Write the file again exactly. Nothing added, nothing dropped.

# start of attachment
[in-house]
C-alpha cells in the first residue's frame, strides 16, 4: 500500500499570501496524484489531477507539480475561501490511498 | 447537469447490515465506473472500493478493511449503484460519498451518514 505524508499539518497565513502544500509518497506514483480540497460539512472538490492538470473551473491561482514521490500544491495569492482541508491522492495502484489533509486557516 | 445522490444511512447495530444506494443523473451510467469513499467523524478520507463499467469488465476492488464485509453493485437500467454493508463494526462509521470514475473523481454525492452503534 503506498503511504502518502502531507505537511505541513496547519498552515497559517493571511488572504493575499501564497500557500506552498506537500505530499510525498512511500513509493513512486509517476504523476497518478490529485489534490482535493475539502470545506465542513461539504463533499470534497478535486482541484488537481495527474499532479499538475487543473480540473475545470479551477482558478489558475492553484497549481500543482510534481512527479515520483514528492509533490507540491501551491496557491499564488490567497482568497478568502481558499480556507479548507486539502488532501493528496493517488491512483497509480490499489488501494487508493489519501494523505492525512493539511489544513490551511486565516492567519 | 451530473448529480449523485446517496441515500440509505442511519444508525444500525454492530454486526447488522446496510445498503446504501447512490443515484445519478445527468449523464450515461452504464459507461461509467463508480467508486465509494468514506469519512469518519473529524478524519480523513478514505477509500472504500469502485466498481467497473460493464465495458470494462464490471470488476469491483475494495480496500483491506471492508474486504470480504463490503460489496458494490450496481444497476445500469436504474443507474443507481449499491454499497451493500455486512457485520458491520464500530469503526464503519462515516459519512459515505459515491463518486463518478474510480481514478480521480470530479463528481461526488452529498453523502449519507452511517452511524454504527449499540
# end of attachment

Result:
[in-house]
C-alpha cells in the first residue's frame, strides 16, 4: 500500500499570501496524484489531477507539480475561501490511498 | 447537469447490515465506473472500493478493511449503484460519498451518514 505524508499539518497565513502544500509518497506514483480540497460539512472538490492538470473551473491561482514521490500544491495569492482541508491522492495502484489533509486557516 | 445522490444511512447495530444506494443523473451510467469513499467523524478520507463499467469488465476492488464485509453493485437500467454493508463494526462509521470514475473523481454525492452503534 503506498503511504502518502502531507505537511505541513496547519498552515497559517493571511488572504493575499501564497500557500506552498506537500505530499510525498512511500513509493513512486509517476504523476497518478490529485489534490482535493475539502470545506465542513461539504463533499470534497478535486482541484488537481495527474499532479499538475487543473480540473475545470479551477482558478489558475492553484497549481500543482510534481512527479515520483514528492509533490507540491501551491496557491499564488490567497482568497478568502481558499480556507479548507486539502488532501493528496493517488491512483497509480490499489488501494487508493489519501494523505492525512493539511489544513490551511486565516492567519 | 451530473448529480449523485446517496441515500440509505442511519444508525444500525454492530454486526447488522446496510445498503446504501447512490443515484445519478445527468449523464450515461452504464459507461461509467463508480467508486465509494468514506469519512469518519473529524478524519480523513478514505477509500472504500469502485466498481467497473460493464465495458470494462464490471470488476469491483475494495480496500483491506471492508474486504470480504463490503460489496458494490450496481444497476445500469436504474443507474443507481449499491454499497451493500455486512457485520458491520464500530469503526464503519462515516459519512459515505459515491463518486463518478474510480481514478480521480470530479463528481461526488452529498453523502449519507452511517452511524454504527449499540